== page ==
I think the fact that they see their friends and colleagues riding about, enjoying it and not ending up under a bus is enough to spur them on to try themselves. And once they do, most of them seem to stick with it.
These are "normal" people who a riding a bike, not "Road Warriors" or "Knit-Your-Own-Tofu Econuts". More of that is needed, and best of all it's totally free and requires no legislation or capital infrastructure investment to make it happen.
Just talk to someone about cycling in a in a positive light, and see what happens. What have you got to lose?
I cycle in London daily and while when I stick to my known quiet routes I love it, I emphatically do NOT find cycling in central London on main thoroughfares a generally enjoyable experience.ReplyDelete
Personally I think that anybody who believes that we have the conditions in London for mass cycling needs to re-assess. Whenever I (reluctantly) ride down the Strand or Holborn, or try to get through Covent Garden, I'm reminded of how far we are from cycling being suitable for the majority of people.
We need to find space for segregation. Of course there's space, it's just about having the will to take it away from others and sometimes it means giving the entire space to cyclists, not splitting the space up.
Is there any particular reason why you keep deleting my replies?ReplyDelete
“Segregated cycling (especially in somewhere like London) is little more than 'pie in the sky,' there is little enough room as it is […] to divide that space up further will be far too costly and cause far too much disruption. Shout all you like but no government will ever go for it. “ReplyDelete
I agree with your second point. I don’t think the Government will go for it. Not yet anyway. However, the argument there is not enough room is misleading. Currently, this is true but this position is based on the status quo. A situation that prioritises cars in every aspect. Where on wide roads, cars and taxis are allowed to park on the sides and in the middle.
Segregation would require removing some road space from cars but on other roads it might involve banning road traffic during the day and only deliveries and the like allowing at night. Just like we currently make enough room for masses of stationary parked cars (itself an extraordinarily inefficient use of precious road space), we could create room for segregated routes if there was the will.
“Educating drivers, lowering speed limits, stricter enforcing, introducing bike hire schemes etc are the way forward. This is the 21st century, you can't legislate on the basis of people's irrational fears, but you can attempt to educate them”
We legislate on the basis of people’s irrational fears all the time. You’re much more likely to be killed by a car than a terrorist but the Government’s has produced masses on the latter in recent years. Politics is irrational all the time.
“Put enough time, effort and money into convincing vehicular cycling is safe and the message will get through”.
How long do you want? Is 30 years enough? 50? 64? (In 1947 the CTC first declared their opposition to separate cycle routes). That’s what our cycling campaign groups have been arguing for – for this long. I don’t understand why people still believe this will work. The message still hasn’t got through. People don’t cycle. In no other country in the world has this worked. Why do you think the UK is different?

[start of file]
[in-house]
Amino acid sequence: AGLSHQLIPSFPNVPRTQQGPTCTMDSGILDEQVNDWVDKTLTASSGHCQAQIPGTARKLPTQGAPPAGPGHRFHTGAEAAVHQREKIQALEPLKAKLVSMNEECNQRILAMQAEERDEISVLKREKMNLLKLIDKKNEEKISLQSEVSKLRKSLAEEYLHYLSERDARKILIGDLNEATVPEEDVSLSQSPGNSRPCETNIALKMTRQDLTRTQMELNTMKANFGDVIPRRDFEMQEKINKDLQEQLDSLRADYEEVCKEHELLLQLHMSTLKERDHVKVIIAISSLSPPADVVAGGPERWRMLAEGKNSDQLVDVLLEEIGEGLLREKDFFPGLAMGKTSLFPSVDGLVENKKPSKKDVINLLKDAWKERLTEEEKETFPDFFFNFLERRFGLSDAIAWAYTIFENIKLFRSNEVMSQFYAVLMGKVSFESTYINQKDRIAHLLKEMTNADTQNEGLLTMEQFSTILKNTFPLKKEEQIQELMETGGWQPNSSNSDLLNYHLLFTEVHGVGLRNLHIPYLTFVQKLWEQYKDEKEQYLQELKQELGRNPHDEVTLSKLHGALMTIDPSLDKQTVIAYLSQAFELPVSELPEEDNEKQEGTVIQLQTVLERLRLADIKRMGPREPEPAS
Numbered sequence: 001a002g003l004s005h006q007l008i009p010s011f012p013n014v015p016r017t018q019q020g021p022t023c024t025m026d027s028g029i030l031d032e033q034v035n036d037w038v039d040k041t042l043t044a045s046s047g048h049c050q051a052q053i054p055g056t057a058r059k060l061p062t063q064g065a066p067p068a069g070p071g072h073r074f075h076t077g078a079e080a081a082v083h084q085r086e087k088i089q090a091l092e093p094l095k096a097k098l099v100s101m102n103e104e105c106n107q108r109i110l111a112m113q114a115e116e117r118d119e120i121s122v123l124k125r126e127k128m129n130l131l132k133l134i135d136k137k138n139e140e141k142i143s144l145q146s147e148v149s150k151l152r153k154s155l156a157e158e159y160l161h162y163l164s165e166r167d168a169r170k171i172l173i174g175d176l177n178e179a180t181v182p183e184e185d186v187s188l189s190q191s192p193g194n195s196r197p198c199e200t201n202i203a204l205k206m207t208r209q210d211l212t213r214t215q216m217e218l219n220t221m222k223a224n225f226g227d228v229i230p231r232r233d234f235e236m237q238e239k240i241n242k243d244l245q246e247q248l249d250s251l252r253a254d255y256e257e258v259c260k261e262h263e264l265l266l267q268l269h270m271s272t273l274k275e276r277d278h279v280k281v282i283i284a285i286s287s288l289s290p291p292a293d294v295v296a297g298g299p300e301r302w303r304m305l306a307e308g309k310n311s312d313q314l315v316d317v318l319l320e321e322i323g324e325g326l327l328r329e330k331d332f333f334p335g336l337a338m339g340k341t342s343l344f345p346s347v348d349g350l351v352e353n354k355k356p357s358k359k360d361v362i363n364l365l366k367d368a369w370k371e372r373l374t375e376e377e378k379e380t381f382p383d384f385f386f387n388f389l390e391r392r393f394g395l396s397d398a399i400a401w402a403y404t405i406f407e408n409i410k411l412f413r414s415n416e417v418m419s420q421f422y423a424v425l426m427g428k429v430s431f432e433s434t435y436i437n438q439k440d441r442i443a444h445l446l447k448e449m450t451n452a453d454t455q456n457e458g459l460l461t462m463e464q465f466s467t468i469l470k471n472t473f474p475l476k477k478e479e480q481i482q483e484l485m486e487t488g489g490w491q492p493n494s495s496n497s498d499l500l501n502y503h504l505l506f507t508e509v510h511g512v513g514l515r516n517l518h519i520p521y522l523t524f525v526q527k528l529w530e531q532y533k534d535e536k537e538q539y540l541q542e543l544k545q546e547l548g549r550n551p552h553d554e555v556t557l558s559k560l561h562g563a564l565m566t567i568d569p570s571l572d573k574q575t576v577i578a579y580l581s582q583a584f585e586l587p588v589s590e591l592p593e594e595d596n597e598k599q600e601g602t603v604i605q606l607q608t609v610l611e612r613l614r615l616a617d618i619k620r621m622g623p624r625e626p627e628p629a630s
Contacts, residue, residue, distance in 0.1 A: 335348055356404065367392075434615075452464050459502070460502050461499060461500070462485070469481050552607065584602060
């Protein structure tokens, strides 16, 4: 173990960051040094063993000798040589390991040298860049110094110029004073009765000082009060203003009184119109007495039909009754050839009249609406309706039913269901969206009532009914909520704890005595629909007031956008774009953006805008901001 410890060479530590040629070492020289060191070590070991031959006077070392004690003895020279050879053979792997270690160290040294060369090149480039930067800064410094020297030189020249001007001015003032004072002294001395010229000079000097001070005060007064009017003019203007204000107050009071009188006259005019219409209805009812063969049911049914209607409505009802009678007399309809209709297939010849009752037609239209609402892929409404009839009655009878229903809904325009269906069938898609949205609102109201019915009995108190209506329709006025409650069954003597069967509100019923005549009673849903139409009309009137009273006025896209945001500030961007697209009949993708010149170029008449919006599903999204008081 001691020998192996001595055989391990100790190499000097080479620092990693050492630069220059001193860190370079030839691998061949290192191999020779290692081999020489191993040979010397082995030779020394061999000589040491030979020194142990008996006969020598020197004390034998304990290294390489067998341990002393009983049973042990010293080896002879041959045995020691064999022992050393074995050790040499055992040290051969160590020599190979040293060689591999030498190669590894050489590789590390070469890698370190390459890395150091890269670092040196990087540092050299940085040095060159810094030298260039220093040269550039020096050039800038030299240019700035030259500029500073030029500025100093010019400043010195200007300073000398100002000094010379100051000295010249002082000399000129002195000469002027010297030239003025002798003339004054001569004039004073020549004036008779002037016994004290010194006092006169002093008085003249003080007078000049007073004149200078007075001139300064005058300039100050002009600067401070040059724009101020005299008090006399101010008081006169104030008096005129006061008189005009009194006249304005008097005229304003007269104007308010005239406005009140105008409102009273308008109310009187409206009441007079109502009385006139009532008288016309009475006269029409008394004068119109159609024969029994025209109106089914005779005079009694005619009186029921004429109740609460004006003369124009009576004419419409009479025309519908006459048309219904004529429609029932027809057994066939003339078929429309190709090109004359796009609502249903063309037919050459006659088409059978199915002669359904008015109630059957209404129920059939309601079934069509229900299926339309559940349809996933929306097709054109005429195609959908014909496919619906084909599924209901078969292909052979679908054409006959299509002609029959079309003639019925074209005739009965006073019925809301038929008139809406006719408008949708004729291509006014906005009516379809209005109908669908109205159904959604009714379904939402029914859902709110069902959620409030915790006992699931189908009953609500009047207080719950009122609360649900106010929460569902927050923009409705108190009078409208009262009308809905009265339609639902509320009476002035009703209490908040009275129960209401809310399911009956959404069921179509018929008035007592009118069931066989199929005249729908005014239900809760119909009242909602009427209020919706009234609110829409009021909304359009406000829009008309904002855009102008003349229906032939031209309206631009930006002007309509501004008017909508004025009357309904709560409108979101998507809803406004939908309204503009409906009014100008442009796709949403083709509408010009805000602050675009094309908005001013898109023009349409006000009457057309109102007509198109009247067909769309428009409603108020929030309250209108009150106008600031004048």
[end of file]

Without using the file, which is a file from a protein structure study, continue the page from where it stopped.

“What depresses me most about segregation is that it basically hands the roads over to the motorists; further reinforcing the perception that cyclists should not be on the road. Even worse, it implicitly suggests that cycling is dangerous - why else would we need to be kept off the roads?! Where would that leave us in areas where it's simply not practical build segregated lanes? Getting honked at by indignant, entitled drivers, that's where.”ReplyDelete
Segregation is part of the package. Many side streets in the Netherlands do not have segregated routes. They don’t need to. Motorists expect to see cyclists (because there are so many about, because of the segregation elsewhere) and the roads are calmed with traffic measures. Drivers are indignant and entitled in the UK because everything currently revolves around them. I don’t think we should hand the roads over to motorists either but taking a lane away from them, and handing it to cyclists, and calming side roads is not this.
“I cycle in London almost every day, a 14 mile round trip on busy roads. I'm not scared by it, neither are any of the other cyclists I know. “
Ah, that explains things. You’re happy, so that’s okay then. But what about the millions of other people who would cycle in Britain but currently won’t? I can understand that you feel safe cycling as you do. I cycle right now, too. Lots of *cyclists* are not scared right now precisely because they are cyclists. Logicially, if they were too scared, they wouldn’t cycle. But I’d also like to see millions of others cycling because I think it’s much much better for everyone. I guess it depends how selfish you are.
“We're not at war with the motorist, we just need to be seen more as equals, sharing the road. In the 8 years or so that I've been riding in London I've seen a marked improvement in behaviour, and the number of cyclists I see on the road is ever increasing.“
No we’re not. And quite right too. But it does sometimes feel like this. As for being equal, I’ll try to that when I’m passed at speed by an HGV or I’m squeezed between parked cars and an Addison Lee minicab, not protected by a two tonne metal cage. Unlike them.